Children's Hospital Colorado

"Smooth Movers:" GI Doctors Scoot Around Campus

Children's Hospital Colorado | October 03, 2014
From left to right: Drs. Edwin de Zoeten, Cara Mack and Glenn T. Furuta
From left to right: Drs. Edwin de Zoeten, Cara Mack and Glenn T. Furuta

The Anschutz Medical Campus — home to Children’s Hospital Colorado — is a big place. It’s one square mile to be exact, and can take up to 20 minutes to walk from one side to the other. So when Dr. Glenn T. Furuta decided he needed a quicker way to get from the hospital to his research lab, he starting riding a Razor scooter across campus.

“I needed a way to get back and forth fast. A bike was too big, a Segway was too expensive, but a scooter was just the ticket – it’s fast, fun and good exercise,” said Dr. Furuta, pediatric gastroenterologist and director of the Gastrointestinal Eosinophilic Diseases Program (GEDP) at Children’s Colorado.

Eight years later, Dr. Furuta is still “scooting” around Anschutz Medical Campus (on his blue customized scooter with Texas longhorn handlebars representing his alma mater), and he’s not alone. Fellow physicians Dr. Cara Mack and Dr. Edwin de Zoeten are the newest members of the digestive health scooter crew, aptly named the “Smooth Movers.”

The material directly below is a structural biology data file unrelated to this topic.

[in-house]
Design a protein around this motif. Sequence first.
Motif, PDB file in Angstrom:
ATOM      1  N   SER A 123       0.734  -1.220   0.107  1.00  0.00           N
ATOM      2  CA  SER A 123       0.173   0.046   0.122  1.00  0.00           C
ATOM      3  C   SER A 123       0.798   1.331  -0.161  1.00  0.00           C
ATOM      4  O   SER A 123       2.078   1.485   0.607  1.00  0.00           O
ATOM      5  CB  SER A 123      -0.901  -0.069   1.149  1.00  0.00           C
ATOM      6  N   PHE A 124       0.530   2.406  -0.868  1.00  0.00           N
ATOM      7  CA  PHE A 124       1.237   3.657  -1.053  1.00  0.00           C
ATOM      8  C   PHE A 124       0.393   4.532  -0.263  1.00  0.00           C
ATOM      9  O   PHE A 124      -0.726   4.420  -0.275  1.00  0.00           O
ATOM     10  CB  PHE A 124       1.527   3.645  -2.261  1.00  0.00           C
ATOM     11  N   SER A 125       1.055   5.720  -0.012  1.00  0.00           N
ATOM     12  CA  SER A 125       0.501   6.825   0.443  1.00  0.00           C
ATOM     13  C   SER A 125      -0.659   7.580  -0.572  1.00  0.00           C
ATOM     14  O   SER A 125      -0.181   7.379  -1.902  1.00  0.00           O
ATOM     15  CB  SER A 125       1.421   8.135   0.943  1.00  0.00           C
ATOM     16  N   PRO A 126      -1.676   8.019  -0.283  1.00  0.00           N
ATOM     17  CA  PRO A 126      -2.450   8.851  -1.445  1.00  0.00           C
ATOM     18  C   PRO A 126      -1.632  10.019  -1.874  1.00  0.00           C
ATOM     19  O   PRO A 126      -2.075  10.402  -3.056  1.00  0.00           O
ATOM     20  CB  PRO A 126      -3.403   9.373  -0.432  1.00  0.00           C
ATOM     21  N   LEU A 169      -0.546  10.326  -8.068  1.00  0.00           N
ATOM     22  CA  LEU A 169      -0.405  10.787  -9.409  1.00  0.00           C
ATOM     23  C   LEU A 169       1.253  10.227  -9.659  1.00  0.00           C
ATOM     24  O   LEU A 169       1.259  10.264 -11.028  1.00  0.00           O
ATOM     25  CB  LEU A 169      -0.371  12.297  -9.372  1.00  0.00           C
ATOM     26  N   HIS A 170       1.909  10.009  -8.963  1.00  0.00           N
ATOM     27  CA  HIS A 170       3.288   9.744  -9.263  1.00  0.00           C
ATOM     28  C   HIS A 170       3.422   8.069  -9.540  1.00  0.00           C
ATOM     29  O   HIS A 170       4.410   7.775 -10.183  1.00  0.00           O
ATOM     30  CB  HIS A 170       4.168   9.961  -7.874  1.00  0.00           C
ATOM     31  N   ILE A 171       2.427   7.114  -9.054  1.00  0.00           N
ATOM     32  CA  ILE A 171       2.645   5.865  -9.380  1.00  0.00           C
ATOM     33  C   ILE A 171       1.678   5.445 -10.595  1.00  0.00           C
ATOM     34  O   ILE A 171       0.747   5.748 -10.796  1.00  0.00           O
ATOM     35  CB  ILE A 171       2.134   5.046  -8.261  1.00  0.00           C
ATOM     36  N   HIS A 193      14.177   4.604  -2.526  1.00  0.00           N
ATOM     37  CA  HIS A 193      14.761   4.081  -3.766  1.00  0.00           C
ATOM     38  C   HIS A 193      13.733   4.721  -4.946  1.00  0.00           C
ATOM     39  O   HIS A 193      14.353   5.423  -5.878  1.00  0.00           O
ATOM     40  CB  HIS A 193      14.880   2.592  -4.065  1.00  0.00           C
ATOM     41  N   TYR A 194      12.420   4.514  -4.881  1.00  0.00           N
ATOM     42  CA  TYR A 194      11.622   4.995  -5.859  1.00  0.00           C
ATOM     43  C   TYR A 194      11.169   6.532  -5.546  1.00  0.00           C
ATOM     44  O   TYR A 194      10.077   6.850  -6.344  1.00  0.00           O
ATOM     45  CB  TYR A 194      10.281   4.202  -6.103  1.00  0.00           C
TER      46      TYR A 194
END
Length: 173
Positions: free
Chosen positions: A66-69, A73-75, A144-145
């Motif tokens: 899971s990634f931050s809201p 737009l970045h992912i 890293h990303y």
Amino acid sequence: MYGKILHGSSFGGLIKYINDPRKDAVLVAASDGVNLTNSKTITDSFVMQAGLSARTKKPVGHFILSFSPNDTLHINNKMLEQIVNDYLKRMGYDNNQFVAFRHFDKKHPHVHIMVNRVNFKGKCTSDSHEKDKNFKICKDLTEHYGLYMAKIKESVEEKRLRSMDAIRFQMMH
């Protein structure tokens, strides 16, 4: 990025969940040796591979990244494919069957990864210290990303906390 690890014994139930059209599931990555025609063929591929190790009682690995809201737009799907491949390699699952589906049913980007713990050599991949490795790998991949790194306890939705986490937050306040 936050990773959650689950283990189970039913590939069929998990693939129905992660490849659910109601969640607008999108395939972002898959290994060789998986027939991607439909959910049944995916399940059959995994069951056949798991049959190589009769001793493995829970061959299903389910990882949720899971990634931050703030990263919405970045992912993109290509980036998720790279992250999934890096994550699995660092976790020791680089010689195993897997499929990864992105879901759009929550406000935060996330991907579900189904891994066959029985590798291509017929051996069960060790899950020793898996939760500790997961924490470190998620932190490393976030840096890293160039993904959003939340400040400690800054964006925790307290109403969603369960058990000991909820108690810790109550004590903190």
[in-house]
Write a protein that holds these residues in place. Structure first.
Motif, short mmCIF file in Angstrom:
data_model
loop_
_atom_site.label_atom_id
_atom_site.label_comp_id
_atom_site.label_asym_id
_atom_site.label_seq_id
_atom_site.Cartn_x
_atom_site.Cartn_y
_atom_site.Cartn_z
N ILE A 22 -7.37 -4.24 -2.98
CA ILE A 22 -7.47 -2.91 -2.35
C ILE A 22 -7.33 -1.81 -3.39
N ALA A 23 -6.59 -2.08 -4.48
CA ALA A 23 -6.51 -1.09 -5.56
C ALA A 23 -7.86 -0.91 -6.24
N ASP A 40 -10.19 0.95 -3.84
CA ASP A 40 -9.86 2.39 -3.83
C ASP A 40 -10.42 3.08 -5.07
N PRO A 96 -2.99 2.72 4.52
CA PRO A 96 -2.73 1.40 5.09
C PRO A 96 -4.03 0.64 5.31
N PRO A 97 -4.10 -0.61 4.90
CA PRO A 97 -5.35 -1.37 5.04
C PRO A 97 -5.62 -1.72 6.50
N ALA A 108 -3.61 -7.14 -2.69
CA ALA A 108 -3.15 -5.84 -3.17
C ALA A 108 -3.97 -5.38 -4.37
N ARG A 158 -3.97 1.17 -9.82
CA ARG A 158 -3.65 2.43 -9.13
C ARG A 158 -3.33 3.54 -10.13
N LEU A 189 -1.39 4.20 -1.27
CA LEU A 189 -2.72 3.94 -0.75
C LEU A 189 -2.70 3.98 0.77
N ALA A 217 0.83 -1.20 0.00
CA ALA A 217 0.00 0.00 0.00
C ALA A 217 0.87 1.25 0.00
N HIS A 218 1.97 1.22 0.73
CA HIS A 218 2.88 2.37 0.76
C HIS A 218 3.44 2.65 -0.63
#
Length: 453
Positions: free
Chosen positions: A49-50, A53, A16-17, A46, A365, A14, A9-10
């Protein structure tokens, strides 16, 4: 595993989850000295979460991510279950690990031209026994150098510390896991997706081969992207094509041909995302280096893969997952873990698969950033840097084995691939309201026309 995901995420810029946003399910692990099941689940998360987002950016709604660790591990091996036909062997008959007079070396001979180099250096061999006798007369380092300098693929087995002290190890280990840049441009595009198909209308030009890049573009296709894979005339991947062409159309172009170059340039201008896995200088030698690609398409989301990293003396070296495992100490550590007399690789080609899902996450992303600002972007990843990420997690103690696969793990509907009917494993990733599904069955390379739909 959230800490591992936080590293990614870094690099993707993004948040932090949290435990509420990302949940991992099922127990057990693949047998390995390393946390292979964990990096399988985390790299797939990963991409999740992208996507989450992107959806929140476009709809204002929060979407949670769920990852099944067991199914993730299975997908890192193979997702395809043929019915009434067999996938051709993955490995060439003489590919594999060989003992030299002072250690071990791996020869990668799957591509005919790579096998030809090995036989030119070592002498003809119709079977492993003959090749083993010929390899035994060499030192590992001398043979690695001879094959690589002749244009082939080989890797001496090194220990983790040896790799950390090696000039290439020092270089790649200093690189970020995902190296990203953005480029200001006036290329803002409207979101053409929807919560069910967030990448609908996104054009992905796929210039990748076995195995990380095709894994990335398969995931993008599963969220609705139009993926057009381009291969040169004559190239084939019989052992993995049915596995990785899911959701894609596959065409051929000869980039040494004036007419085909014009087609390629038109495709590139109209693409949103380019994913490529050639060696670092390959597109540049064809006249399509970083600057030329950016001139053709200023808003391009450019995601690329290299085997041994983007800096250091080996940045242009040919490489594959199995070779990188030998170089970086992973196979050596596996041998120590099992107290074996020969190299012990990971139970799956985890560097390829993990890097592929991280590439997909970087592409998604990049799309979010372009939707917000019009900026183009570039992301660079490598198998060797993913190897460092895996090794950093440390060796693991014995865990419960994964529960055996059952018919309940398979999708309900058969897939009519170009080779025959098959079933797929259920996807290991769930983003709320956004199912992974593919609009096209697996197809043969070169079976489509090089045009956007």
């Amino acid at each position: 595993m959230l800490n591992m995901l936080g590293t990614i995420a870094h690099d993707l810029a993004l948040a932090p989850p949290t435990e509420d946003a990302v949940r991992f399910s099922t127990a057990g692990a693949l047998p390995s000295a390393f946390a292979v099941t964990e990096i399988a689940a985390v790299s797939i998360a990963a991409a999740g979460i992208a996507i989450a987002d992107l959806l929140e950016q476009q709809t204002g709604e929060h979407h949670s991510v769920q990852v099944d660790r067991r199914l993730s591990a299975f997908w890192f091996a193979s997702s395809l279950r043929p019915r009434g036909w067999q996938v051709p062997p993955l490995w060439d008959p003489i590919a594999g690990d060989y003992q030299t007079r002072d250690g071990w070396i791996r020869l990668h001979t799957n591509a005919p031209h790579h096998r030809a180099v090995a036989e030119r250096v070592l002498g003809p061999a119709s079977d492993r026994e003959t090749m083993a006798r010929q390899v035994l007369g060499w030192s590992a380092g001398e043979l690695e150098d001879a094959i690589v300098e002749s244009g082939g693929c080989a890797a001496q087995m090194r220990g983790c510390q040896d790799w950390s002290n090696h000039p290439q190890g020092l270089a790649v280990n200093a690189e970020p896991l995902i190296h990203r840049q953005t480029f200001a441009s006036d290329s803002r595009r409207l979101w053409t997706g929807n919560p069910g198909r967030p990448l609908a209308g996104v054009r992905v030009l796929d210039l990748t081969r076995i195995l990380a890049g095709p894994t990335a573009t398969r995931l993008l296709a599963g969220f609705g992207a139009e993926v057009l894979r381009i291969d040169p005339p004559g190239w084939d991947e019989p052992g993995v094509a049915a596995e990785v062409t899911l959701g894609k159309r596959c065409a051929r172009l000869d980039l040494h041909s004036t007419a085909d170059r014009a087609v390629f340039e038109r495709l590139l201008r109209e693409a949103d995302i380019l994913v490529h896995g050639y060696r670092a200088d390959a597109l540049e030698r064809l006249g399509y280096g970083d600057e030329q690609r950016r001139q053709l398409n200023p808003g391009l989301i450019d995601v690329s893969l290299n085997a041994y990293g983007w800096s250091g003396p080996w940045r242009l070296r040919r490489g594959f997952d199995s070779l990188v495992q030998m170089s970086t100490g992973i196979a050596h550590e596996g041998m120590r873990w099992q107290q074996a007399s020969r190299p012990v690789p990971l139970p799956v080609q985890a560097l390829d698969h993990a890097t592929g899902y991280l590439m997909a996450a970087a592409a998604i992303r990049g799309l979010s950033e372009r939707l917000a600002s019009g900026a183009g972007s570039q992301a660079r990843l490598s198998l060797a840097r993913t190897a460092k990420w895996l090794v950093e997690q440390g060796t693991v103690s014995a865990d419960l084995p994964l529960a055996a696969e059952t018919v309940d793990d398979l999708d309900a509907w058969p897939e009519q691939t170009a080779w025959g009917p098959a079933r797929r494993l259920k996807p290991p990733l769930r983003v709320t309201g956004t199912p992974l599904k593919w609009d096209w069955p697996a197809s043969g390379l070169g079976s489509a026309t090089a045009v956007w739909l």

Not your traditional welcome gift

When Dr. de Zoeten joined the Digestive Health Institute four years ago, Dr. Furuta and Dr. Mack welcomed him to the team with his own Titan scooter. 

“That’s when I knew I was ‘official,’” joked Dr. de Zoeten. “We can get anywhere on campus in about seven minutes, and we never have to worry about parking.”

Scooting toward advances in research and treatment

In addition to caring for kids at Children’s Colorado, the team of GI doctors is busy working on various types of research for pediatric digestive, liver and pancreas conditions.

Dr. Mack is researching ways to optimize the lives of children with liver diseases like biliary atresia; Dr. de Zoeten works to find new treatments for inflammatory bowel diseases; and Dr. Furuta is investigating eosinophilic esophagitis (EoE).

Learn more about research happening at Children’s Colorado.


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